The Instigator
coffeyk87
Pro (for)
Losing
0 Points
The Contender
szexiv
Con (against)
Winning
1 Points

Abortion is always immoral

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Post Voting Period
The voting period for this debate has ended.
after 1 vote the winner is...
szexiv
Voting Style: Open Point System: 7 Point
Started: 1/31/2016 Category: Philosophy
Updated: 9 months ago Status: Post Voting Period
Viewed: 414 times Debate No: 85813
Debate Rounds (5)
Comments (4)
Votes (1)

 

coffeyk87

Pro

I will be arguing that abortion is always immoral.
Definitions:
Abortion: "The deliberate termination of a human pregnancy, most often performed during the first 28 weeks:" http://www.oxforddictionaries.com......
NOTE** Putting aside miscarriages also called "spontaneous abortions".

Unborn: "A human offspring at any stage of development from the moment of conception up until birth." Supplied by me

Human Being: Any living member of the species Homo Sapiens. Supplied by me

Definition of Morality for this debate: "The rightness or wrongness of a certain behaviour, which is an objective reality to which all individual moral agents should abide."
Anyone who is going to argue that morality is relative to the individual AND that they can do whatever they want in all cases will be taken as just trying to scuttle the debate and are not welcome.

Rules:
1:Let's stick to morality and not legality. (although the moral outcome could have legal consequences)
2: No Ad Hominem arguments.
3: Please reference hyperlinked sources back to place in argument. (or place them right after relevant portion of argument)

Opening Argument:
Prem1:"Intentionally killing innocent human persons is always immoral".
Prem2:"All that is necessary to be a human person is to be a human being".
Prem3: "The unborn are human beings".
Prem4:"Abortion intentionally kills the unborn".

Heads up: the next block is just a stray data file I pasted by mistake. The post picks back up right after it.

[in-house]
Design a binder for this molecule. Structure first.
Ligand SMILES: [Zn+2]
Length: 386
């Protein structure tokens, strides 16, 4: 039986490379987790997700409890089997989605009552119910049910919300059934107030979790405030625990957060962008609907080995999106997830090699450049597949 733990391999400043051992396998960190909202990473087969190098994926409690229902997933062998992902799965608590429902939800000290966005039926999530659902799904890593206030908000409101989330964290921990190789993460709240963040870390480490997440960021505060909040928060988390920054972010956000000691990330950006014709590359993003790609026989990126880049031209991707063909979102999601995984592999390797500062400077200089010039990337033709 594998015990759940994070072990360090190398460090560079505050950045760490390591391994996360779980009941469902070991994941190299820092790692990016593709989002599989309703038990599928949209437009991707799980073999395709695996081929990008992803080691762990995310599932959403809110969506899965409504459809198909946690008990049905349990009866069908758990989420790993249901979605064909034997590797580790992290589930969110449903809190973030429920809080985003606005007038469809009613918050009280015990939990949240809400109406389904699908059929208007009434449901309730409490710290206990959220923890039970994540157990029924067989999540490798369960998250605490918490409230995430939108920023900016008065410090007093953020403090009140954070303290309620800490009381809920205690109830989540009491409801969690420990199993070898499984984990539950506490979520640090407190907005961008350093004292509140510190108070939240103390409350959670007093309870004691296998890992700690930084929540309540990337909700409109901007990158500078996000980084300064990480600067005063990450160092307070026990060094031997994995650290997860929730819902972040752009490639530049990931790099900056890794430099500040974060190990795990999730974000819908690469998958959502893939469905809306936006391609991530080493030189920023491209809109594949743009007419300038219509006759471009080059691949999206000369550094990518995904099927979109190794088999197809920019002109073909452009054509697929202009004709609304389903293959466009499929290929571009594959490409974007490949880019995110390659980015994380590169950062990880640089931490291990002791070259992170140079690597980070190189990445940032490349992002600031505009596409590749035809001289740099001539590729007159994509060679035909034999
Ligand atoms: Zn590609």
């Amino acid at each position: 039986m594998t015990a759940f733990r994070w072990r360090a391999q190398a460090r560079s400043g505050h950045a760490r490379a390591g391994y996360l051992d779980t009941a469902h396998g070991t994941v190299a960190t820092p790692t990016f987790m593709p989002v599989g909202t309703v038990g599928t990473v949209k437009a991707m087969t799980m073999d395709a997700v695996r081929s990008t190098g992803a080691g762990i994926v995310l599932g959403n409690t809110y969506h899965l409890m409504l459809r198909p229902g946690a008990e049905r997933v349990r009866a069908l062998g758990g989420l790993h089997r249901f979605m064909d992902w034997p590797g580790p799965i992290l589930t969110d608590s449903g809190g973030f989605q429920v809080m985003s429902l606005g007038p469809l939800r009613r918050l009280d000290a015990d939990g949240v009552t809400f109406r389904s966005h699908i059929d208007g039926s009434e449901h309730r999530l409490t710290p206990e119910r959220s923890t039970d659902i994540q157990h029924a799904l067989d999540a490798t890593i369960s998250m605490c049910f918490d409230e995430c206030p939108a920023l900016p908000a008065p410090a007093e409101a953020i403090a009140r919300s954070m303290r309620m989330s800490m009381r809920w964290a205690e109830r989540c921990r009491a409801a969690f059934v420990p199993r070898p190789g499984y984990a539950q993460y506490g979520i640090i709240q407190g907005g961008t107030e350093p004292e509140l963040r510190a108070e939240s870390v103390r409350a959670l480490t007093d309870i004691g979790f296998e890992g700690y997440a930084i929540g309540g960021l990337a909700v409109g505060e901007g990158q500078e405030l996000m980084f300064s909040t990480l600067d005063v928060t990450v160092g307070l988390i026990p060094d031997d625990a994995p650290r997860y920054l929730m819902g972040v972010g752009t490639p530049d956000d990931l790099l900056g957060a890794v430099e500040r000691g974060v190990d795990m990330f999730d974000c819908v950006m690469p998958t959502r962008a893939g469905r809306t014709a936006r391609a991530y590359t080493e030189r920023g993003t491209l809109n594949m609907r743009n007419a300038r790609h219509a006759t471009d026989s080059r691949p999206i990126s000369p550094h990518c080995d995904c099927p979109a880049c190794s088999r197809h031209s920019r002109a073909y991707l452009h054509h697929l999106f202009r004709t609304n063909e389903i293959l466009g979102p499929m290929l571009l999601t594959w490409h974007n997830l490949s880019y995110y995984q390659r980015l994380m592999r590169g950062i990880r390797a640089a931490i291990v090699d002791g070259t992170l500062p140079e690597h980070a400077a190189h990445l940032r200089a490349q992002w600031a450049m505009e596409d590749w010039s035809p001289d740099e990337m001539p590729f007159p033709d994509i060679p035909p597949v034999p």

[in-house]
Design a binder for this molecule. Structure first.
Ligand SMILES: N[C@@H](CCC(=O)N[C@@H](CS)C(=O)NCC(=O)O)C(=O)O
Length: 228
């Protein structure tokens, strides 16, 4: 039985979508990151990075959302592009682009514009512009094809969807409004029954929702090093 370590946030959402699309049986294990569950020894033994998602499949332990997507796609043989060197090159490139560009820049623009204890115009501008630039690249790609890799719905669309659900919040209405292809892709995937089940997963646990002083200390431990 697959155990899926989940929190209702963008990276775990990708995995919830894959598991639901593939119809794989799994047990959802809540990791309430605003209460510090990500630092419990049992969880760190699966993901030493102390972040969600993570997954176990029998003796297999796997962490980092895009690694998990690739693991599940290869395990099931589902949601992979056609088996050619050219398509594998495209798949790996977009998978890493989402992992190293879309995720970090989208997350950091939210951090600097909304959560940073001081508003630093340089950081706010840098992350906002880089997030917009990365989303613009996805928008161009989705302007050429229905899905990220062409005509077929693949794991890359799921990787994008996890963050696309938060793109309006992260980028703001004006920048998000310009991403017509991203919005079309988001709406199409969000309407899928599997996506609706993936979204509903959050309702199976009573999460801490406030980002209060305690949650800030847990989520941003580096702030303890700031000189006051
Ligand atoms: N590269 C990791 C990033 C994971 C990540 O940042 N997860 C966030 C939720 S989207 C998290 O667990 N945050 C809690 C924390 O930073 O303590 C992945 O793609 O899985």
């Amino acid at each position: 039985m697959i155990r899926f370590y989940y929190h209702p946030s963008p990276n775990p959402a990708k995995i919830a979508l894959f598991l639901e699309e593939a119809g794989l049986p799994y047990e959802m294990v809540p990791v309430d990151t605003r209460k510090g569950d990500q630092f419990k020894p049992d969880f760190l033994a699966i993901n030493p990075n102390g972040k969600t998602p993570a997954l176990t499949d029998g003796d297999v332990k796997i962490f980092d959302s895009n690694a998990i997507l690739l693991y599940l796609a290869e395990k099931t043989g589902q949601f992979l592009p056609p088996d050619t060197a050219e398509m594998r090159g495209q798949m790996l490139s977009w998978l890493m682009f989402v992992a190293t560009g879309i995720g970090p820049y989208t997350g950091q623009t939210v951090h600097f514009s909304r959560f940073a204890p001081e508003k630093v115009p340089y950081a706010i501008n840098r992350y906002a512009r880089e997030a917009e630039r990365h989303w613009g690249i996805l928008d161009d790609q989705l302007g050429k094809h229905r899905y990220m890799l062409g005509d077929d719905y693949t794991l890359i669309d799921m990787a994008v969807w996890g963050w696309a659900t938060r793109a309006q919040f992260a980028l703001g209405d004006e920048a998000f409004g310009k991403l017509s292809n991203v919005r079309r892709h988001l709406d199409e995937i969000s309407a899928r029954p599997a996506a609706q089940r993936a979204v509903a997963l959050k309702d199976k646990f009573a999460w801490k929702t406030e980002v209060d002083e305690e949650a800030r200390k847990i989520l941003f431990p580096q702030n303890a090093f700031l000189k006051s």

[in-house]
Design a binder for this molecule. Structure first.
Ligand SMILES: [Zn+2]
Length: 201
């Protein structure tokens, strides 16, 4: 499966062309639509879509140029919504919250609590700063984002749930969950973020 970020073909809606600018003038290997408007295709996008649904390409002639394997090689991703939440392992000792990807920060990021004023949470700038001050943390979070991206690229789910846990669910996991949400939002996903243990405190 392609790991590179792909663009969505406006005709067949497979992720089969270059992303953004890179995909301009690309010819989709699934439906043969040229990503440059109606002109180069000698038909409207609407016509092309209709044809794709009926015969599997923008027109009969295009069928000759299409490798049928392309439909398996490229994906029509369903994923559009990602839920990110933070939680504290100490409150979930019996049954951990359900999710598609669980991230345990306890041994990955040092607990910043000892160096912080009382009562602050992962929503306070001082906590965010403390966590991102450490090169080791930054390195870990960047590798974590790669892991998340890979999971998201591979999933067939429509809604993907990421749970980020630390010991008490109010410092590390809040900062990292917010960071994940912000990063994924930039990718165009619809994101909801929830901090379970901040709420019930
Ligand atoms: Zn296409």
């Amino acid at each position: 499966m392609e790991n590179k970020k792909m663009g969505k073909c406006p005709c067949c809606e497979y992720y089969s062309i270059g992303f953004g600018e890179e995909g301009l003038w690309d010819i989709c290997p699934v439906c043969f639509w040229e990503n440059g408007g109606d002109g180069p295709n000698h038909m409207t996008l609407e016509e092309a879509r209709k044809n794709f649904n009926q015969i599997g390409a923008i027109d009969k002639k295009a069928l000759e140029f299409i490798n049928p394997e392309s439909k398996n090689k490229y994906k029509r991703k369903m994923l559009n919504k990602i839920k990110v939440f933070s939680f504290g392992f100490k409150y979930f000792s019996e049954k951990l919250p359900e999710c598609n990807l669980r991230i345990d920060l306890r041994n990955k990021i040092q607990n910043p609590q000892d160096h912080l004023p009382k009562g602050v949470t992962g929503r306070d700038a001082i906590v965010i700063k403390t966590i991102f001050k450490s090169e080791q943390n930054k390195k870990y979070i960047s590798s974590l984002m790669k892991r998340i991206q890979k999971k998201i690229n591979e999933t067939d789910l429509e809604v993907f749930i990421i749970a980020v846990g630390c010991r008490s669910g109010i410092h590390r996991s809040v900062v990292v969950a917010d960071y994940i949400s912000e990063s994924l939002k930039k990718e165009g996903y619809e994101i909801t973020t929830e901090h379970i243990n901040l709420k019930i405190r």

Prem5: "The unborn are innocent".
Conclusion: "Therefore, abortion is always immoral".

I will wait for the challenger to present their opening argument and challenges to my premises before going into more detail.
szexiv

Con

I want to thank the the pro, coffeyk87, for initiating such a provocative, if not ubiquitous debate. I accept the challenge and hope that if nothing else, we enjoy a solid, well structured debate! I accept the rules of the debate in that I will be sticking to morality as opposed to legality, not using ad hominem arguments, and will do the best I can to sight sources.

Within this debate, I will not be taking the side that abortion is always moral. Rather, I will attempt to point out what I believe are fallacies within the PROs argument. I hope that this is acceptable within the rules/realm of this debate. I look forward to the PROs response, as well as a good debate!

Definition of Morality for this debate: "The rightness or wrongness of a certain behavior, which is an objective reality to which all individual moral agents should abide."
Prem1:"Intentionally killing innocent human persons is always immoral".
Prem2:"All that is necessary to be a human person is to be a human being".
Prem3: "The unborn are human beings".
Prem4:"Abortion intentionally kills the unborn".
Prem5: "The unborn are innocent".
Conclusion: "Therefore, abortion is always immoral".

Prem1: Morality: "The rightness or wrongness of a certain behavior, which is an objective reality to which all individual moral agents should abide."
Prem2: Morality applies to both individuals, as well as collectives and/or societies
prem3: A moral action may be deemed as "good" if it is beneficial to an individual, or society
prem4: A moral action may be deemed as "evil" if it is to the detriment of an individual or society
prem5: It is morally "good" to perform actions that have the highest intrinsic moral value.
prem6: Actions that affect societies have a higher intrinsic moral value than actions that affect one individual.
prem7: Sometimes, taking lives is in the best interest of society.

Conclusion: intentionally killing a human person is sometimes moral.

It should also be noted that if we are using the PROs definition of morality, the term of "innocence" is null as PRO has claimed that, by definition, we are basing our moralistic claims in objectivity. Being that "innocence" is an inherently subjective term, it has no baring in determining intrinsic moral value. In order to remain objective as it pertains to this debate, as well as the PROs definition, all human life must be weighed equally.
Debate Round No. 1
coffeyk87

Pro

Thank you Con for a well thought out argument, I to hope that we have a well structured debate!

Regarding my use of the term "innocence" in Prem1. Con wrote: